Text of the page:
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How to repair a lawn from too much fertiliser

Updated February 21, 2017

Regardless of the grass type of your lawn, using general fertilisers can help with growth, health and sustained viability. But too much fertiliser can damage and even kill a lawn. One of the main dangers of over-fertilising lawns is that an excess amount of nitrogen from the fertiliser infiltrates the soil, causing the lawn to yellow and eventually brown. To repair the lawn from this damage, you need to use a few simple, lawn-cleansing techniques that will return your lawn to a healthy state.

Remove any brown or dead grass from your lawn. The easiest way to remove this dead grass is to rake the lawn. A simple garden rake will remove grass blades that have already dislodged from the main lawn. If there are large patches of brown or dead grass, use a garden hoe to dig out the lawn.

Rinse the entire lawn with water. If you notice that your lawn has not yet turned brown, but is starting to yellow, you need to rinse the nitrogen out of the lawn and soil. Even if your lawn type doesn't need excessive or even heavy watering, the way to remove the nitrogen is to flood the soil so that the nitrogen can drain away. Using a sprinkler or a water hose, flood the lawn until there is 1.2 cm (1/2 inch) of standing water on the lawn.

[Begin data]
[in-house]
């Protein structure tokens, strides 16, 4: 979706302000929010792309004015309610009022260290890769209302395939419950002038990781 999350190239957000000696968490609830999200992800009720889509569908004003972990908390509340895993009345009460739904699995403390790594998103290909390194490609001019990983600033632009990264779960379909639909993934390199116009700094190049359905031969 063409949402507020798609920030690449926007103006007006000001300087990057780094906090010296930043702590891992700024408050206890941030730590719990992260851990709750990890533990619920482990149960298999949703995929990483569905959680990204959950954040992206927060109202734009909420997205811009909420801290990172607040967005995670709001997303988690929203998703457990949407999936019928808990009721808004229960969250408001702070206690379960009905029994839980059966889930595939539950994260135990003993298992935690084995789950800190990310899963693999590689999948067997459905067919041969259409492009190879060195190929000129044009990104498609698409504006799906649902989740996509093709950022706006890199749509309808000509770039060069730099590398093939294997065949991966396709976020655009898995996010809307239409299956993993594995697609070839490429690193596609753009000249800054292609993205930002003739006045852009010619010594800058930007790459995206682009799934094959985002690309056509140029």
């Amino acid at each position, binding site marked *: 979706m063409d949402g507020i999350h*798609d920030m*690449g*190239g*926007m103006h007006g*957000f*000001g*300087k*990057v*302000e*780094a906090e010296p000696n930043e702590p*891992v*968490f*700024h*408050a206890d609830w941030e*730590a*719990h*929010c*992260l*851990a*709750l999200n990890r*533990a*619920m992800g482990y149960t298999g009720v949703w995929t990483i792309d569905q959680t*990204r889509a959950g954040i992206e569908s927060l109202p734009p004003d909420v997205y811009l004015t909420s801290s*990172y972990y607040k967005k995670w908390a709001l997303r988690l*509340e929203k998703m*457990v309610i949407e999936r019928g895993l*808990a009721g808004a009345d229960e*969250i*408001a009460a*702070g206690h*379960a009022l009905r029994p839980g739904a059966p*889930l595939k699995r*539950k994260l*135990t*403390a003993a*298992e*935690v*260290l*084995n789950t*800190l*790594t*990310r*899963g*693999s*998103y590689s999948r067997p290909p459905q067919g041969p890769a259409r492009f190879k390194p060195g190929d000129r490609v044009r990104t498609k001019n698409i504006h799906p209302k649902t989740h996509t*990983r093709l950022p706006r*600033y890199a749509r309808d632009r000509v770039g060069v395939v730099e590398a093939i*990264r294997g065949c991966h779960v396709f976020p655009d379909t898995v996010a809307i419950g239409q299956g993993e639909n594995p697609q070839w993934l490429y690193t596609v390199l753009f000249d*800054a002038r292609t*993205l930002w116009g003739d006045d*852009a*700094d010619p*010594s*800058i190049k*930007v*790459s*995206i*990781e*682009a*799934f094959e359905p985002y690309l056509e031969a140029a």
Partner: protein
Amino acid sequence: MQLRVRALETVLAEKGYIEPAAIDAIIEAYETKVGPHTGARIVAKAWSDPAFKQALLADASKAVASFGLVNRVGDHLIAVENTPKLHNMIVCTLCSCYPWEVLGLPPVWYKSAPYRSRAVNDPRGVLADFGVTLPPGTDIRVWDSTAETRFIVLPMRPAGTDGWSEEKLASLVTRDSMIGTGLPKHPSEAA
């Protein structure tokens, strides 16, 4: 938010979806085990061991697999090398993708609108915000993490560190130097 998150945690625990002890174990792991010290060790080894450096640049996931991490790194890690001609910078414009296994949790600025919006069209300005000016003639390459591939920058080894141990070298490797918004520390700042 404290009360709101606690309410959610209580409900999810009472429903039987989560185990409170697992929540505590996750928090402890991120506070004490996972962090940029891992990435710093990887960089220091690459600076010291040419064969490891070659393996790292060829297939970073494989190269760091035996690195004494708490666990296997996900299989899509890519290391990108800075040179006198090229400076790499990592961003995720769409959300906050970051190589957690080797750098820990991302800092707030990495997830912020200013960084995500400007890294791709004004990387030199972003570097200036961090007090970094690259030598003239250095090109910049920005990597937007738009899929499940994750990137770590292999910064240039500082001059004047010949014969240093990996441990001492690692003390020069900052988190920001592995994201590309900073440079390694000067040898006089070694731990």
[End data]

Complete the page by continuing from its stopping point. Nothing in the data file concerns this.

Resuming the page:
Plant turf in the areas where you have removed large patches of dead lawn, but only after you have thoroughly rinsed your lawn and it has dried. Depending on the type of grass growing on your land, you will need to follow the specific planting and care instruction for turf or new seed for it to grow properly and match the existing and healthy lawn.

Fertilise your new lawn according to the package directions using a water-soluble fertiliser. Remember that fertiliser is not the enemy, and it can help maintain a healthy lawn if used sparingly and according to the instructions.

Tip

Get your lawn's soil pH levels tested to see how much nitrogen is naturally in the soil. Depending on the results of the test, you may want to buy a lower-nitrogen fertiliser, which will cause less damage to a lawn that already receives nitrogen naturally. An associate at your local garden centre can refer you to a certified soil analyst.

Things You'll Need

  • Rake
  • Hoe
  • Water hose
  • Turf
  • Fertiliser
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About the Author

Jessica Jewell is a writer, photographer and communications consultant who began writing professionally in 2005. Her chapbook, "Slap Leather," is forthcoming from dancing girl press. Her recent work has appeared in "Nimrod," "Harpur Palate," "Copper Nickel," "Rhino," "wicked alice," "Poetry Midwest" and "Barn Owl Review." Jewell was recently nominated for a Pushcart Prize. She earned her Master of Fine Arts from Kent State University.